By Marty Mulrooney
The Vanishing of Ethan Carter is, in the developer’s own words, ‘a first-person mystery game focused on exploration and discovery’. Players take control of paranormal investigator Paul Prospero as he journeys to Red Creek Valley, Wisconsin. The year is 1973 and a young boy named Ethan Carter has written a disturbing fan letter, prompting Prospero to set out on a mission to find the missing boy. Upon arrival, he’s greeted by a ghost town abandoned for well over a decade, and a series of local murders that all tie in to a dark family secret. Originally released on PC in 2014, this “console first” PlayStation 4 exclusive is the first Unreal Engine 4 version of the game (the earlier PC version used Unreal Engine 3) and features numerous improvements.
“Ethan Carter I didn’t know. But he knew who I was. When the police won’t help you, and the priests don’t believe you, you call on Paul Prospero. You call on me.”
The Vanishing of Ethan Carter isn’t interested in holding the player’s hand, with an on-screen warning immediately clarifying this unorthodox approach by independent Polish studio The Astronauts. Instead, this unique narrative experience is all about getting literally and figuratively lost in a semi-open world… and what a gorgeous world it is. After emerging from a long dark tunnel into piercing white sunlight, you’re left to forage in the woods around the outskirts of Red Creek Valley for yourself.
You may find yourself setting off a series of dangerous man-made traps (although there’s no need to fear – you can’t die… yet), or chasing a mysterious astronaut through long grass, between tall trees and over rocky outcrops. More than likely, you’ll miss these ‘puzzles’ entirely and simply stumble across your first dead body after taking a rather pleasant stroll through the woods. Words written in white handwriting will pop up over areas of interest, new ones forming in their place as Prospero follows a particular line of thought. It’s minimalistic, odd, creepy and utterly captivating.
That first dead body found near the abandoned train tracks offers a great tutorial for one of the game’s key puzzle elements – solving murders. The player must explore the surrounding area, interacting with objects and hotspots that were involved. Once all of these have been discovered, the world suddenly becomes ethereal (and tinted blue), revealing the ghostly outlines of people in the past during key moments leading up to the murder. These moments must be placed in order to unlock a replay of what really happened.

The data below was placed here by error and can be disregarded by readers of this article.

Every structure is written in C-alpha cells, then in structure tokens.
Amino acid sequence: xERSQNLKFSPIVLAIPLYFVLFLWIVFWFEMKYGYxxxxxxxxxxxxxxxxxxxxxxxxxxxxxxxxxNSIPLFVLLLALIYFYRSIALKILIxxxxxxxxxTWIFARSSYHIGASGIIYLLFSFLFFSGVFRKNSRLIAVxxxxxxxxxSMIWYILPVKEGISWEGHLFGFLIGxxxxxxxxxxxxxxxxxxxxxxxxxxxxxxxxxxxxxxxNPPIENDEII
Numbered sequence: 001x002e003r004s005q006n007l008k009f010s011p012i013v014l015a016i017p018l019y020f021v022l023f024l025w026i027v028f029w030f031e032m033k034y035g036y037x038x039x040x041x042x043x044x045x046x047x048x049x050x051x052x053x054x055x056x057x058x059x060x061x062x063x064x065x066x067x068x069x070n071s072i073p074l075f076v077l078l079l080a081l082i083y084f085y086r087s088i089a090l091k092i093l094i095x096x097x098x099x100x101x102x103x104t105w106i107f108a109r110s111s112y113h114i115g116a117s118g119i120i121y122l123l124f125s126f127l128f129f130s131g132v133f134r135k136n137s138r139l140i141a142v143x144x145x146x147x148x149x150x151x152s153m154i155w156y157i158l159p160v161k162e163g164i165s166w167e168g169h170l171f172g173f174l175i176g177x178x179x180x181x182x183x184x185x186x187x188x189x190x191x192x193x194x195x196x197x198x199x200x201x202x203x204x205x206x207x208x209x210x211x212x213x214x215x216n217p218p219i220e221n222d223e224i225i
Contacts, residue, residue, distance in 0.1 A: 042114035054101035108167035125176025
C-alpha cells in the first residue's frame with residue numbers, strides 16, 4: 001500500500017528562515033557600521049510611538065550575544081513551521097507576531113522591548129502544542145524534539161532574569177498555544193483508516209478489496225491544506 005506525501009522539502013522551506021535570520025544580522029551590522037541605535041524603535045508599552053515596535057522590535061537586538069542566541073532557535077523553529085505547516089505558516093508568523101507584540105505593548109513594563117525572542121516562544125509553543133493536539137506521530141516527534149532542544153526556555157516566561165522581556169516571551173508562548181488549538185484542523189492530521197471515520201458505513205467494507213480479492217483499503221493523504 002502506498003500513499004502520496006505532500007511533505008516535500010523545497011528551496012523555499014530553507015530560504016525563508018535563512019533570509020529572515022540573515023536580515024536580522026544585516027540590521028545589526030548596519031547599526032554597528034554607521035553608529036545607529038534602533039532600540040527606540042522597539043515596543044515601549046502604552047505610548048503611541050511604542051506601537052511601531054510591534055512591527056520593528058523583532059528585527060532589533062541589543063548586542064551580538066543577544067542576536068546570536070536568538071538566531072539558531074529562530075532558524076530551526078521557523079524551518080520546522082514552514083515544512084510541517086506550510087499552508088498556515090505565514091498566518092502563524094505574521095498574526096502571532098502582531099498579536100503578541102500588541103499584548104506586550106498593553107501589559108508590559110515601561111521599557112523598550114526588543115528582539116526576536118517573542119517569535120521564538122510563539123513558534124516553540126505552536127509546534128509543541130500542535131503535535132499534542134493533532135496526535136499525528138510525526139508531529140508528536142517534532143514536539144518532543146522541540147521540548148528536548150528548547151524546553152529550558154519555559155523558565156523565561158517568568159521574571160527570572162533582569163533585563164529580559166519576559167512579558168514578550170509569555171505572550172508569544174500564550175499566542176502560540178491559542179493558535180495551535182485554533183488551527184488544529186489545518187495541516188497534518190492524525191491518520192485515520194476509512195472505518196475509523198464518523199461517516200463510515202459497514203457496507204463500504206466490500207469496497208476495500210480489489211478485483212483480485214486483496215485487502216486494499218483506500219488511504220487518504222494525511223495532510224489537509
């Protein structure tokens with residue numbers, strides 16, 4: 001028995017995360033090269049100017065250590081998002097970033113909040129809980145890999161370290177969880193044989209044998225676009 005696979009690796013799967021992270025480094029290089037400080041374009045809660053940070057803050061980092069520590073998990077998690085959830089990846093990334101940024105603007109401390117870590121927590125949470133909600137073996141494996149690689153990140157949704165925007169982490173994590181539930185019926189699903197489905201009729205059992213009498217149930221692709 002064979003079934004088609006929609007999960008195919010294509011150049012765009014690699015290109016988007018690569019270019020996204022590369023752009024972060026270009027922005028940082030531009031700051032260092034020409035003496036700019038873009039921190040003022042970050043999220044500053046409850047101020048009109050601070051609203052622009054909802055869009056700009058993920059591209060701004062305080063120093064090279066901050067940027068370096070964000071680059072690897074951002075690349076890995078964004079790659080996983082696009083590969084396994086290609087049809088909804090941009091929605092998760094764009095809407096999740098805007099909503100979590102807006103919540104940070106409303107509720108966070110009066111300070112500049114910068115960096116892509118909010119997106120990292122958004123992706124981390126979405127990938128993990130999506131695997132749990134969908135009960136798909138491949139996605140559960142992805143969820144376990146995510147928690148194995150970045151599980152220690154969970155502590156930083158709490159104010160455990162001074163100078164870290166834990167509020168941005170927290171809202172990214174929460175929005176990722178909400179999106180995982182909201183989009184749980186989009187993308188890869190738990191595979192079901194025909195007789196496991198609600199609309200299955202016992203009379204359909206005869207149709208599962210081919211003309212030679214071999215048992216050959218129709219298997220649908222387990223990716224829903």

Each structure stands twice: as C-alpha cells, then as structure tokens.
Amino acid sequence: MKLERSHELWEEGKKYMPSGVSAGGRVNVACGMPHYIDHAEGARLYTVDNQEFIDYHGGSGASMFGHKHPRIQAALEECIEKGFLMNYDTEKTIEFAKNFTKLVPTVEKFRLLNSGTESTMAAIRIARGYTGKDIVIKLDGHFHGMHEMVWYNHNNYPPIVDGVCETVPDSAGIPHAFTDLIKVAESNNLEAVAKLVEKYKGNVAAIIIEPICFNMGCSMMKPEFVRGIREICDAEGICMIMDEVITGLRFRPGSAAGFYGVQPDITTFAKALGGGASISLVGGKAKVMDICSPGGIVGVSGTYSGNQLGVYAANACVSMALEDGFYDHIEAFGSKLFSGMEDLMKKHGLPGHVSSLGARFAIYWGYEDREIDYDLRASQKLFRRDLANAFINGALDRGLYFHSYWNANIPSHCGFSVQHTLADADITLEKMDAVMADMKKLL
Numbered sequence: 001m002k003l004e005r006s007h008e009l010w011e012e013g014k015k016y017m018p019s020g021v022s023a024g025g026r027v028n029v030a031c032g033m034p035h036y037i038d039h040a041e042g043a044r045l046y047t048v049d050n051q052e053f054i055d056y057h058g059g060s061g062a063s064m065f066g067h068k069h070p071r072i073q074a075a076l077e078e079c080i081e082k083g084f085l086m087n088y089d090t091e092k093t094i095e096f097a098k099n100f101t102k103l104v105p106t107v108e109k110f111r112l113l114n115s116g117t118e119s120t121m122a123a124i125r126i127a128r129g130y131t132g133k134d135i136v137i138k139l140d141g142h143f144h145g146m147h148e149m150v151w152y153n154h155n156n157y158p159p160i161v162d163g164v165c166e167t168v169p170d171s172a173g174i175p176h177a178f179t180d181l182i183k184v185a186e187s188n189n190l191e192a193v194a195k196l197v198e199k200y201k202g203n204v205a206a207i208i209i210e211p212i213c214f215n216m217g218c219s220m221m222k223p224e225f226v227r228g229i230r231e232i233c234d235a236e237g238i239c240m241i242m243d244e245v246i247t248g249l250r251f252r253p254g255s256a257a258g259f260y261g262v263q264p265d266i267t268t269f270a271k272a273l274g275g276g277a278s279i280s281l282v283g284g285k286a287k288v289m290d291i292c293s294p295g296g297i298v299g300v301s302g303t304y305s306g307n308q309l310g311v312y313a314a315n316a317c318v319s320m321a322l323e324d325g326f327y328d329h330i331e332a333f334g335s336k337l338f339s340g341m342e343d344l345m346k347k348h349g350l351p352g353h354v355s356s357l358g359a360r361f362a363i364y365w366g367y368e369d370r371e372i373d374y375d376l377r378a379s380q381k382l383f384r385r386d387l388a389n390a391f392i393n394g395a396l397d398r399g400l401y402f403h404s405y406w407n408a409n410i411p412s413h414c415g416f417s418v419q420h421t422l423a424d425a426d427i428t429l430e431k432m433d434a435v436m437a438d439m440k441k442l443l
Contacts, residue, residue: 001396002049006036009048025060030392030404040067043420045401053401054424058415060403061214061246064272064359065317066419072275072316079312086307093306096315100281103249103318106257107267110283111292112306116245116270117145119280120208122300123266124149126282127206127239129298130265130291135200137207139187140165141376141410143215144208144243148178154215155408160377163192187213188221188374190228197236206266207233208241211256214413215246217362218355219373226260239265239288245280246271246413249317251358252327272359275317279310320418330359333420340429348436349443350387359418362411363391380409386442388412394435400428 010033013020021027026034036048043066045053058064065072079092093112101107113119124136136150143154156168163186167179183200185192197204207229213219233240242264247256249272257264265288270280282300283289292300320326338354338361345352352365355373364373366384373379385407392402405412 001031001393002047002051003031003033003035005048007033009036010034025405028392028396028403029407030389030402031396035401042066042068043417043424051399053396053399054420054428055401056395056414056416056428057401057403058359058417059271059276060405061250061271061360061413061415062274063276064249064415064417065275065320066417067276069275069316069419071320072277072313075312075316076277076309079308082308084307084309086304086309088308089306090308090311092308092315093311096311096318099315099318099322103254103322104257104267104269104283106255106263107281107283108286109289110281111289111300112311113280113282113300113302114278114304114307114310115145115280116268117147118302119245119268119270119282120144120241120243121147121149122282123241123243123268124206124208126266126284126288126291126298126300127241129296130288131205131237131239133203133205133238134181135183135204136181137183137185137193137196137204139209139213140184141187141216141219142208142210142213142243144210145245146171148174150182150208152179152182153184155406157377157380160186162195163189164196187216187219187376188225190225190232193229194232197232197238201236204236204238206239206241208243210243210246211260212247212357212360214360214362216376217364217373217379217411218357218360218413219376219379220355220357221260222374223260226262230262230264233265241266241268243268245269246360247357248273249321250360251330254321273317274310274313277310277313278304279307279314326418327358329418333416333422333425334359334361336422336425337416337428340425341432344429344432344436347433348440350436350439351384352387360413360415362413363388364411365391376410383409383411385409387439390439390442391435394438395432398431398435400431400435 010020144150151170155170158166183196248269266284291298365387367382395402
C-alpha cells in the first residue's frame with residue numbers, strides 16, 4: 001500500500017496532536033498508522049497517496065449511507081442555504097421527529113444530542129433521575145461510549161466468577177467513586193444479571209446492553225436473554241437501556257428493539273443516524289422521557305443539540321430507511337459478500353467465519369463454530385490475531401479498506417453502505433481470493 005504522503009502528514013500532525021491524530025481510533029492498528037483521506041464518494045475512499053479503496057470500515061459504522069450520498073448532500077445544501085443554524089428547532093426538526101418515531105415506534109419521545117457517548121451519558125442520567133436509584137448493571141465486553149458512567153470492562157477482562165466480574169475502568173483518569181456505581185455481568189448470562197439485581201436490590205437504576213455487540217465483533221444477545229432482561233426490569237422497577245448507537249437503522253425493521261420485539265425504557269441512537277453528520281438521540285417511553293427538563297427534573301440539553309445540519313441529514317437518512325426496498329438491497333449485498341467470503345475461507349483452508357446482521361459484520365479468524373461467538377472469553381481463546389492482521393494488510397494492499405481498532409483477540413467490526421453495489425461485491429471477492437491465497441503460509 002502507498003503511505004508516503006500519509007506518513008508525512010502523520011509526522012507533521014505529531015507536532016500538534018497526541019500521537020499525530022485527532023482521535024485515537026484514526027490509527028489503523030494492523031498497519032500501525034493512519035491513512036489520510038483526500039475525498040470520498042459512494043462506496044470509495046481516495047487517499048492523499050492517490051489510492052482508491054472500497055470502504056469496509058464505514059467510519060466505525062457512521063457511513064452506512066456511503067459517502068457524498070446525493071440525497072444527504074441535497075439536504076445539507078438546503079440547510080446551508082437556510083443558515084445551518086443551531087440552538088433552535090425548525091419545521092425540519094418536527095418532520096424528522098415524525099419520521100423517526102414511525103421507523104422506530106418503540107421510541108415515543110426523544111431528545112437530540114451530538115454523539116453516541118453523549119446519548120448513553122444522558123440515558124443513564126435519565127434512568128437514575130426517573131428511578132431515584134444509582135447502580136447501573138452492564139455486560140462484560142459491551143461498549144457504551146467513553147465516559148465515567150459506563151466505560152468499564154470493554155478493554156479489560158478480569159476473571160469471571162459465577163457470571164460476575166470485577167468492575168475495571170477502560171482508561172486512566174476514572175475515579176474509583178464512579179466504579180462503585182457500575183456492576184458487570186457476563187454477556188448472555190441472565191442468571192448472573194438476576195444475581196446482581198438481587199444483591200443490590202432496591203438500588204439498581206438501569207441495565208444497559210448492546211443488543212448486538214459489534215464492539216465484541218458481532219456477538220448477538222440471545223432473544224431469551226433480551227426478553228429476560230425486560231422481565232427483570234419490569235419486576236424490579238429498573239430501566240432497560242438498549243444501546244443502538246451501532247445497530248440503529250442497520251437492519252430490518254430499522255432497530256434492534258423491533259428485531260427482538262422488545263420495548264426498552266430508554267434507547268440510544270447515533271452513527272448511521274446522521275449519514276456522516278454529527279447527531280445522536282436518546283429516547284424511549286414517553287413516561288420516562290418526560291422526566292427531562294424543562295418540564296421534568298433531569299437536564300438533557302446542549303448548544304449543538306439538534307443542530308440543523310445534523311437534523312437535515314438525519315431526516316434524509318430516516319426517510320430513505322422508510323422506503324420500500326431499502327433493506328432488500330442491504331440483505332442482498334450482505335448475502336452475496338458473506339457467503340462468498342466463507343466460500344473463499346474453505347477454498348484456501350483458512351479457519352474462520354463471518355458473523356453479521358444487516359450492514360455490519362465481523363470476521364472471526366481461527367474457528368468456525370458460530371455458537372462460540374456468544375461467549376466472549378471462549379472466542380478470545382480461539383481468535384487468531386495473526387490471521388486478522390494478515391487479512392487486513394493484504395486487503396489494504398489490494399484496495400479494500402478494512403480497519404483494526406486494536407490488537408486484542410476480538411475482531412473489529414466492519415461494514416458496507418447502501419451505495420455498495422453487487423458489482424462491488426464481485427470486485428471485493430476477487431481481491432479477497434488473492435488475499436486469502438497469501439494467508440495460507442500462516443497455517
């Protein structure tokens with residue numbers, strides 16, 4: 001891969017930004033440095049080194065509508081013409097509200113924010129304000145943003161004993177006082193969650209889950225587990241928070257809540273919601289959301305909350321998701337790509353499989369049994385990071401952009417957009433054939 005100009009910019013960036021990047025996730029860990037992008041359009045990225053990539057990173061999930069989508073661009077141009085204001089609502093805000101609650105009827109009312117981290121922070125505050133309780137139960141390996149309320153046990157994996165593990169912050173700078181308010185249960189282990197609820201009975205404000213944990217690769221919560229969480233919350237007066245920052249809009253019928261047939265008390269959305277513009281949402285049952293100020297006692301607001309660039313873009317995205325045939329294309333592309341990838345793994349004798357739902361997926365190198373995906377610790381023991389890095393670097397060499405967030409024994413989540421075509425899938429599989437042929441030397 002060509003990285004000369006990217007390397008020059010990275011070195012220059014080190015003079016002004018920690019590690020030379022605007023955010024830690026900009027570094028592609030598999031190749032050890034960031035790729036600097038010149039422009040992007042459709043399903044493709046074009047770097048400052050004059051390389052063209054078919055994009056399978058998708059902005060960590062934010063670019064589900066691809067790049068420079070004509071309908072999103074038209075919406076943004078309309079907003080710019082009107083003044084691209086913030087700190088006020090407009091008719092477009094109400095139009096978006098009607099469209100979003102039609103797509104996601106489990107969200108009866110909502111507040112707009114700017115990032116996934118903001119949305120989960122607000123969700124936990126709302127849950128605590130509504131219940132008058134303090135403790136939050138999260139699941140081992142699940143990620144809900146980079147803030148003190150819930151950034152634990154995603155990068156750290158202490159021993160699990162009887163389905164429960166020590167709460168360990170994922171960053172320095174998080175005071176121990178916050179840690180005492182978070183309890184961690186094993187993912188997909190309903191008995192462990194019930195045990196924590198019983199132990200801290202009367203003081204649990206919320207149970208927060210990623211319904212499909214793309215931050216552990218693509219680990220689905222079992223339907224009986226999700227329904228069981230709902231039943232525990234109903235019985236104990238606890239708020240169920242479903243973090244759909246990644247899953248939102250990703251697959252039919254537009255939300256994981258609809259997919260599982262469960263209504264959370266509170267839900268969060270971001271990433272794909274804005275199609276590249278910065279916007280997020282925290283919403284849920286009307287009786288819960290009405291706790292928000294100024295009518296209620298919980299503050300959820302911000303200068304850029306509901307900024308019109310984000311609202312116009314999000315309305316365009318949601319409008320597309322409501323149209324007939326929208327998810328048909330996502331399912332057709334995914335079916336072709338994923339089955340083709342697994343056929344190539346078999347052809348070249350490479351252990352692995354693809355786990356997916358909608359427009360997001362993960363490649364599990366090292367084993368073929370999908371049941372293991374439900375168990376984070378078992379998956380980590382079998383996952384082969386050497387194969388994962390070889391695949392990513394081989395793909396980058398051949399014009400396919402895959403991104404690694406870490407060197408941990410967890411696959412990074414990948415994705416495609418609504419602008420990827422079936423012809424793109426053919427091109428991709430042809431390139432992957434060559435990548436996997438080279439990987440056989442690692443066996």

These detective sequences work well, and although there are only really a handful of ‘puzzles’, they’re not all murder mysteries – one standout head-scratcher involves journeying through a dilapidated house (once you’ve reached the town) where each doorway can be altered to change the room on the other side. You need to choose the correct room before stepping through, otherwise you’ll be dumped back at the front door. Yet The Vanishing of Ethan Carter isn’t really about challenging puzzles, or even gameplay in the traditional sense. Instead, you’ll keep playing to unravel the mystery of what really happened to Ethan and his family.
To say any more would be to diminish the bizarre ‘weird fiction’ story being told, but suffice to say the no-doubt polarising ending is well-earned over the course of the game’s approximately 4 hour playtime. It’s refreshing to experience an ending that makes sense despite an at times seemingly nonsensical plot – whether the payoff is worth it will be down to personal taste and each individual player. Despite a lack of interaction and its marmite plot, The Vanishing of Ethan Carter still comes highly recommend to all – exploring the world is a constant delight and the incredible graphics (achieved using a technique called photogrammetry) will make all that walking culminate in an unforgettable adventure come 7.04 on the clock.
8 OUT OF 10